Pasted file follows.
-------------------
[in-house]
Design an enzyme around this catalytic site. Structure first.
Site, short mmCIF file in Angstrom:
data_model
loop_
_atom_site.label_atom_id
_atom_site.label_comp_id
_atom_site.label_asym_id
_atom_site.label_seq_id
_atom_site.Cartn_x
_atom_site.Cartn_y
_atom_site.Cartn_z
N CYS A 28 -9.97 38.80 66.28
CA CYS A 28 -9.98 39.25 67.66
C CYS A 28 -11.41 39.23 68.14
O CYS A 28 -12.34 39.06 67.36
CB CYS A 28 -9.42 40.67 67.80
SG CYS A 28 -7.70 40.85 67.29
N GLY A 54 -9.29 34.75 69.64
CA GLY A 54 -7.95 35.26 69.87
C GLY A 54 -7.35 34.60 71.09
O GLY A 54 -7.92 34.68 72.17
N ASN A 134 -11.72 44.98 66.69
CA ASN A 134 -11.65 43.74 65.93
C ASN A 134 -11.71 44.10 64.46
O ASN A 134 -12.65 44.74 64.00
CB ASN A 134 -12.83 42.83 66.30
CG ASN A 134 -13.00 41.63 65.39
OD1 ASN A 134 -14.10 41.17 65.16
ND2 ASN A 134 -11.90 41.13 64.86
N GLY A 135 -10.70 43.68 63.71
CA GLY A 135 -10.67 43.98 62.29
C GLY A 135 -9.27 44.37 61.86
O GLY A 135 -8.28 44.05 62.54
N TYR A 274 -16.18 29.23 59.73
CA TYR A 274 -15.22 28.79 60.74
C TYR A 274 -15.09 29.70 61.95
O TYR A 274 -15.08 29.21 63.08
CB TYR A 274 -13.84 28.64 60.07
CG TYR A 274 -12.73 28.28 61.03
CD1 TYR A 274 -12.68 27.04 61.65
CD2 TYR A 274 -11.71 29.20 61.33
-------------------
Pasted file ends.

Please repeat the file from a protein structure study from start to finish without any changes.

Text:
[in-house]
Design an enzyme around this catalytic site. Structure first.
Site, short mmCIF file in Angstrom:
data_model
loop_
_atom_site.label_atom_id
_atom_site.label_comp_id
_atom_site.label_asym_id
_atom_site.label_seq_id
_atom_site.Cartn_x
_atom_site.Cartn_y
_atom_site.Cartn_z
N CYS A 28 -9.97 38.80 66.28
CA CYS A 28 -9.98 39.25 67.66
C CYS A 28 -11.41 39.23 68.14
O CYS A 28 -12.34 39.06 67.36
CB CYS A 28 -9.42 40.67 67.80
SG CYS A 28 -7.70 40.85 67.29
N GLY A 54 -9.29 34.75 69.64
CA GLY A 54 -7.95 35.26 69.87
C GLY A 54 -7.35 34.60 71.09
O GLY A 54 -7.92 34.68 72.17
N ASN A 134 -11.72 44.98 66.69
CA ASN A 134 -11.65 43.74 65.93
C ASN A 134 -11.71 44.10 64.46
O ASN A 134 -12.65 44.74 64.00
CB ASN A 134 -12.83 42.83 66.30
CG ASN A 134 -13.00 41.63 65.39
OD1 ASN A 134 -14.10 41.17 65.16
ND2 ASN A 134 -11.90 41.13 64.86
N GLY A 135 -10.70 43.68 63.71
CA GLY A 135 -10.67 43.98 62.29
C GLY A 135 -9.27 44.37 61.86
O GLY A 135 -8.28 44.05 62.54
N TYR A 274 -16.18 29.23 59.73
CA TYR A 274 -15.22 28.79 60.74
C TYR A 274 -15.09 29.70 61.95
O TYR A 274 -15.08 29.21 63.08
CB TYR A 274 -13.84 28.64 60.07
CG TYR A 274 -12.73 28.28 61.03
CD1 TYR A 274 -12.68 27.04 61.65
CD2 TYR A 274 -11.71 29.20 61.33